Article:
Pope Francis has defended his public silence over the plight of Rohingya Muslim refugees during his visit to Myanmar.
He urged respect for “each ethnicity and its identity” during a speech in the southeast Asian country, but stopped short of making specific reference to what the UN has labelled “a textbook campaign of ethnic cleansing”, with more than 620,000 Rohingya having fled Myanmar’s Rakhine state amid a military crackdown in recent months.
The pontiff waited until he was in Bangladesh on Friday before even mentioning the persecuted Muslims by name.
However, he told reporters aboard the papal plane on Saturday that he was confident his message had been heard during private meetings with Myanmar’s leader Aung San Suu Kyi and military chief Min Aung Hlaing.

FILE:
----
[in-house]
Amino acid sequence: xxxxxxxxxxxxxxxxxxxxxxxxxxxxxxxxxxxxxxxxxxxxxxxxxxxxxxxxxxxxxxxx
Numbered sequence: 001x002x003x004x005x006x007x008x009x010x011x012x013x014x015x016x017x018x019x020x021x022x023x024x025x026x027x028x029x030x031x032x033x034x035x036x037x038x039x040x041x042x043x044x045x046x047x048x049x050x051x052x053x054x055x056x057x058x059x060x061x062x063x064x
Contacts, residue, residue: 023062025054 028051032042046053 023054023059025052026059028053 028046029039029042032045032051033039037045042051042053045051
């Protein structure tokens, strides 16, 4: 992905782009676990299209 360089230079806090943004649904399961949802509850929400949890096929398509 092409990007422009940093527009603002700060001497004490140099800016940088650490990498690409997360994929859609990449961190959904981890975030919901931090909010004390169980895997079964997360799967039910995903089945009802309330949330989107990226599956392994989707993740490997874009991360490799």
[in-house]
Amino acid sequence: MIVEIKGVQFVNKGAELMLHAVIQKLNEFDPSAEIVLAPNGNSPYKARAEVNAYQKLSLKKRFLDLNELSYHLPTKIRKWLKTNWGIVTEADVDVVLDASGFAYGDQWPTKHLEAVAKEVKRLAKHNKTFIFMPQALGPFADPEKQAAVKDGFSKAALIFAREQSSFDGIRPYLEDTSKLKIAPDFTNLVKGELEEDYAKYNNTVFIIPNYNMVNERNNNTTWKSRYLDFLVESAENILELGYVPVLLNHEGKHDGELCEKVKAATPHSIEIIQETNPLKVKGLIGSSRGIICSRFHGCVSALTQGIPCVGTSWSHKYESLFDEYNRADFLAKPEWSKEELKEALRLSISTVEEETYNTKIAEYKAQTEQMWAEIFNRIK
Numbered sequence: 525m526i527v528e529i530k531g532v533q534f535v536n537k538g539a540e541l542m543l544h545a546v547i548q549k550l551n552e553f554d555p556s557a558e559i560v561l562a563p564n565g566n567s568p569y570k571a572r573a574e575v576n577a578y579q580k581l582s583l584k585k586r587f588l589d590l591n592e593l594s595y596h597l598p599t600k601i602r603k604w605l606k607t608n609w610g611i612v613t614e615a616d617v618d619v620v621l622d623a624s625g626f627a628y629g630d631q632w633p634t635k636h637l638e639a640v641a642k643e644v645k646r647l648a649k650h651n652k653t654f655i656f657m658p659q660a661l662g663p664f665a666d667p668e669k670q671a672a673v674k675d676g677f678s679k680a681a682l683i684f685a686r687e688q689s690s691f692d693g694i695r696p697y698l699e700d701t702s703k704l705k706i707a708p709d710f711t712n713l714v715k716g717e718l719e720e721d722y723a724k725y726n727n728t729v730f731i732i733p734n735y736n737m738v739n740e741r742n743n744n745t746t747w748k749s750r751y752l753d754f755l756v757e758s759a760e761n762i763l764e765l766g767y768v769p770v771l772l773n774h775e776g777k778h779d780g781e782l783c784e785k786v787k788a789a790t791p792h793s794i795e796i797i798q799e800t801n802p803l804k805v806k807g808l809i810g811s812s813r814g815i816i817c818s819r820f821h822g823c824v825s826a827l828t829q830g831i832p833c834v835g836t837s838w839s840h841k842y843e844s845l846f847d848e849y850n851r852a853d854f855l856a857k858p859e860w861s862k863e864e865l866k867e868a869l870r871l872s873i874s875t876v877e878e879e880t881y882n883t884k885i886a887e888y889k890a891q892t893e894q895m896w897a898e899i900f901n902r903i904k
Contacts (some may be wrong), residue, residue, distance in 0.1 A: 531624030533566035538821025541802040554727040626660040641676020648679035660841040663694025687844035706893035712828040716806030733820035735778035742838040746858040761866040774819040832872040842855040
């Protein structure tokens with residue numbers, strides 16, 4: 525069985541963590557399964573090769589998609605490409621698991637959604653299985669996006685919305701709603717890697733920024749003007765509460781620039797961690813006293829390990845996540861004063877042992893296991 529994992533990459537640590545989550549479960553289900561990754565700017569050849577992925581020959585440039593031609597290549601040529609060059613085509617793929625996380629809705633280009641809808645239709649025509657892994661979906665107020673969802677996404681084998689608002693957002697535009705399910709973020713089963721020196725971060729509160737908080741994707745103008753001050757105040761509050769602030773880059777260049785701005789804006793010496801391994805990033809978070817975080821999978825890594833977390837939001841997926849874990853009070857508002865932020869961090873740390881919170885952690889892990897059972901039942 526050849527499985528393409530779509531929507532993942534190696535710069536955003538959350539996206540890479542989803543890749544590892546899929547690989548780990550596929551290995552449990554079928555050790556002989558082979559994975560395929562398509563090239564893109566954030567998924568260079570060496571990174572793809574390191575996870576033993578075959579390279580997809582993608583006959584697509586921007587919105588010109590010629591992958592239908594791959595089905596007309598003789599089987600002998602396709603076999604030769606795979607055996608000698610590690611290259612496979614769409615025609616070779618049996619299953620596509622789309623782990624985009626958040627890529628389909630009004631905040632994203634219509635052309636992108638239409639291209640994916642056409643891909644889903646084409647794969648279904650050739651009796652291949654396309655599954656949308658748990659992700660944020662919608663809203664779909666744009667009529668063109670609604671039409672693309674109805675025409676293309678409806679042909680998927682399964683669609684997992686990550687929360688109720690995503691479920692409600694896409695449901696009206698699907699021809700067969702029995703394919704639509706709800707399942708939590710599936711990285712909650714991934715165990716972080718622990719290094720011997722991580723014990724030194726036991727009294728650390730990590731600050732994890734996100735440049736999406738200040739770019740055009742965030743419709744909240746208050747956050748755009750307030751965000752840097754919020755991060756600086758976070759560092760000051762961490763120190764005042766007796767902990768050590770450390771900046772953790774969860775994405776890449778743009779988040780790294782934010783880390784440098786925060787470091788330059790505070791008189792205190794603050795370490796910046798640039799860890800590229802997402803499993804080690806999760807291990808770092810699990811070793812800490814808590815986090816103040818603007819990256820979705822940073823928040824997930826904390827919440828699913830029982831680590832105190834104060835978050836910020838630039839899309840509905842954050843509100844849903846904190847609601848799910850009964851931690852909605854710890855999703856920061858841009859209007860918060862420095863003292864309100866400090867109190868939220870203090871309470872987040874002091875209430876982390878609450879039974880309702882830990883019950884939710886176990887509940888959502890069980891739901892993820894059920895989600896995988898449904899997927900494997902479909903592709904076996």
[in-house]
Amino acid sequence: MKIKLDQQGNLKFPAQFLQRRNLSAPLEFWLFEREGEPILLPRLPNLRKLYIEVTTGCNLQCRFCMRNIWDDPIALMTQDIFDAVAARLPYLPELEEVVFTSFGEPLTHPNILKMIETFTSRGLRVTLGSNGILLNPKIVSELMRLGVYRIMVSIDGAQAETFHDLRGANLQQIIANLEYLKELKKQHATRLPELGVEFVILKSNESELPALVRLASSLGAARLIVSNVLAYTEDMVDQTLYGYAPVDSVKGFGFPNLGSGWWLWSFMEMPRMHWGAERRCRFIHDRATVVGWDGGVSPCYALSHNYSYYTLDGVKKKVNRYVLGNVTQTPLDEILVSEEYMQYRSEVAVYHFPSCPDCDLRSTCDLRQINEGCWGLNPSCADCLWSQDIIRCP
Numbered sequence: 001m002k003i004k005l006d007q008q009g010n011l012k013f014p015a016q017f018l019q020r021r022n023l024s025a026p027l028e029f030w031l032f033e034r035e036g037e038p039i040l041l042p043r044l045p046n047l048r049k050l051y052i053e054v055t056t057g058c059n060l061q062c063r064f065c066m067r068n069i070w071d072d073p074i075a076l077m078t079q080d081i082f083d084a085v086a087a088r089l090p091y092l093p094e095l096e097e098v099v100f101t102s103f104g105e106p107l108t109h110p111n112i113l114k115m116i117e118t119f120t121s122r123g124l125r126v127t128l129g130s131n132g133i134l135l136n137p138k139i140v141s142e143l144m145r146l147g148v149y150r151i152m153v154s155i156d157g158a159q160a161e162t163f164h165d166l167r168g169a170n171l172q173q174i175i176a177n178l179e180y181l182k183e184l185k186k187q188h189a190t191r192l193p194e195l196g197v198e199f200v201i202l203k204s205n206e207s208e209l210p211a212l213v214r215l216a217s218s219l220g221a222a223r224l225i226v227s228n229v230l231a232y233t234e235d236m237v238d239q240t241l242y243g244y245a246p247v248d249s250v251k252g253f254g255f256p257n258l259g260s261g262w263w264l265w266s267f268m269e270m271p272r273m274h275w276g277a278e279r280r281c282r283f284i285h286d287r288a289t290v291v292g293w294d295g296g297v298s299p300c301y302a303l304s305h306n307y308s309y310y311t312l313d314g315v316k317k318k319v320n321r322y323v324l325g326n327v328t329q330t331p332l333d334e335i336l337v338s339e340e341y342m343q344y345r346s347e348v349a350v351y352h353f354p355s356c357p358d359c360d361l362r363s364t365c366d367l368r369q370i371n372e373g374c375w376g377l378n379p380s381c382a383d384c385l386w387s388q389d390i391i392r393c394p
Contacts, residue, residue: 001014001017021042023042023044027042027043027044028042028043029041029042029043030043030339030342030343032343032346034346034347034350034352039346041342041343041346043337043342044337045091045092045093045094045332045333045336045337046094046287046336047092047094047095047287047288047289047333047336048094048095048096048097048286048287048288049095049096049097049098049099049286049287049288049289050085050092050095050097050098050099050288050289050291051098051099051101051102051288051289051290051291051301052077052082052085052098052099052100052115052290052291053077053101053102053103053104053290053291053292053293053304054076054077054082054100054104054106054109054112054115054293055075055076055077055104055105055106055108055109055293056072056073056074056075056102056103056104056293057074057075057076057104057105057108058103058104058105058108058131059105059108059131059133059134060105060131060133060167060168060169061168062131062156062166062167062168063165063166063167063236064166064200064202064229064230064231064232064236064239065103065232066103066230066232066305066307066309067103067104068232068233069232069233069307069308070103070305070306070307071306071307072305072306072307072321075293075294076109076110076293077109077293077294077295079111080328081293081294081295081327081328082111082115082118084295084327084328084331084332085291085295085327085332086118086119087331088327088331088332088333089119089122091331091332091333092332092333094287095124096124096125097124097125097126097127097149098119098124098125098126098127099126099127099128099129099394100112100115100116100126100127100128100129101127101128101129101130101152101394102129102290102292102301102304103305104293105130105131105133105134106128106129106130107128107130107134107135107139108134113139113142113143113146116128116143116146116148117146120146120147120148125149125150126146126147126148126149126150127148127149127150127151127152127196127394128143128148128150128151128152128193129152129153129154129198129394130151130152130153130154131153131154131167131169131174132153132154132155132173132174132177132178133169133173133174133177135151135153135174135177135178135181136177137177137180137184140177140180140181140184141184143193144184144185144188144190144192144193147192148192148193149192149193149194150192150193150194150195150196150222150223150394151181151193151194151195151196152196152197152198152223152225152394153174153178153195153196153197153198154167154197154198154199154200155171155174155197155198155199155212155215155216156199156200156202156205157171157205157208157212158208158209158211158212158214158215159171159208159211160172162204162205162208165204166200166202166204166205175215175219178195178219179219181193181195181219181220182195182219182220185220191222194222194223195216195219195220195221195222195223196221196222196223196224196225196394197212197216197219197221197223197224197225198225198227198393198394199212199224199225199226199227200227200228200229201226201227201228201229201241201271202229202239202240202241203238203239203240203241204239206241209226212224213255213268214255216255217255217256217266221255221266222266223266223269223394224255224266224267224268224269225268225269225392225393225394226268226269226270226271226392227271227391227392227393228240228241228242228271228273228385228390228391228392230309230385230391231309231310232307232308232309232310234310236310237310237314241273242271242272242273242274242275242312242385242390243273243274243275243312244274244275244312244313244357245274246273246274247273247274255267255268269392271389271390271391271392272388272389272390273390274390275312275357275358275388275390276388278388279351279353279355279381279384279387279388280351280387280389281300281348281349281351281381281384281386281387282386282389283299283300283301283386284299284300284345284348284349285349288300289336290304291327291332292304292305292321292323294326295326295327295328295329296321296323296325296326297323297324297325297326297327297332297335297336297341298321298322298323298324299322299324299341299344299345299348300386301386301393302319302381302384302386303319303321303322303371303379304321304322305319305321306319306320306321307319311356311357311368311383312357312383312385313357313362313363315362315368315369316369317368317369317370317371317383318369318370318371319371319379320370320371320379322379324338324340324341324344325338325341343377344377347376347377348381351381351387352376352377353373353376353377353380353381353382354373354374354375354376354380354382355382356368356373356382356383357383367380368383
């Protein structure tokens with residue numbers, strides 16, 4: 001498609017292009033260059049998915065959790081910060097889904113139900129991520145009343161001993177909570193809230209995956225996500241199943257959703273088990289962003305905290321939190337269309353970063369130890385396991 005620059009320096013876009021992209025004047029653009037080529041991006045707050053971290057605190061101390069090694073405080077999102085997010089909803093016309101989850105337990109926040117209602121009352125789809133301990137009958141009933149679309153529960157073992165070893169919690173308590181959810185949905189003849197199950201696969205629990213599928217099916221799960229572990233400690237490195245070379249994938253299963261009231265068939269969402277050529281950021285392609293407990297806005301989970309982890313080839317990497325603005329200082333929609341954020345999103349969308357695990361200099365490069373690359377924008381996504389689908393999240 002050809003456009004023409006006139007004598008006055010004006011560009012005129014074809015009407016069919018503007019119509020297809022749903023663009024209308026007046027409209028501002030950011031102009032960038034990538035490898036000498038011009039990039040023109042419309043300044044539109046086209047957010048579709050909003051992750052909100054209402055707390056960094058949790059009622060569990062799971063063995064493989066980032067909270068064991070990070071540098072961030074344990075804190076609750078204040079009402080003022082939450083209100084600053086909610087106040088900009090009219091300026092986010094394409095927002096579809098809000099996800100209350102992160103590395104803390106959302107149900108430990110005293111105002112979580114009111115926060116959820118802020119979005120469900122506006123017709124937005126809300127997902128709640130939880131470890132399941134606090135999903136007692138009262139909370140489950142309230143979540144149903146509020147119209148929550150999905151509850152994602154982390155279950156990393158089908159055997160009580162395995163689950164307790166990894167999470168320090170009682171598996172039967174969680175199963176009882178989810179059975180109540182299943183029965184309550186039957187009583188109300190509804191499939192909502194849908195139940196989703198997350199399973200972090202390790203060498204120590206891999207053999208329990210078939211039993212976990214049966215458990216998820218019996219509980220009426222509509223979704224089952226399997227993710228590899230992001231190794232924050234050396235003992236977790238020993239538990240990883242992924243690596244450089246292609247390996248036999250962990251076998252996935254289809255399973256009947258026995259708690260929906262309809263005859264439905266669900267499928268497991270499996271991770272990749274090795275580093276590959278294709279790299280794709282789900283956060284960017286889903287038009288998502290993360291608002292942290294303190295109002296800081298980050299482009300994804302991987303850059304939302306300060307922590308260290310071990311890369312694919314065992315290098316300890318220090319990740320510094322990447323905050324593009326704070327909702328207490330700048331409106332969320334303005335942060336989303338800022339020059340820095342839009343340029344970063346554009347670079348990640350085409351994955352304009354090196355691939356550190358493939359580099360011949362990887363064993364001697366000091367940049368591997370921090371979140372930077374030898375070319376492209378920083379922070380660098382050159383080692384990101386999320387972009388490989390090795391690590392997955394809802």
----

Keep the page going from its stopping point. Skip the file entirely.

He said: “It’s true I didn’t have the pleasure of slamming the door in their face publicly with a denunciation. But I had the satisfaction of dialogue, and letting the other side dialogue, and in this way the message arrived.
“I didn’t negotiate the truth, I did it in such a way that he understood that it’s not viable to redo today the way things were done in the past. It was a good meeting. Civilised. And even there, the message arrived.”
Following talks with the Pope, Ms Suu Kyi referred to the Rohingya crisis as “the situation in the Rakhine state” which had “captured the attention of the world”.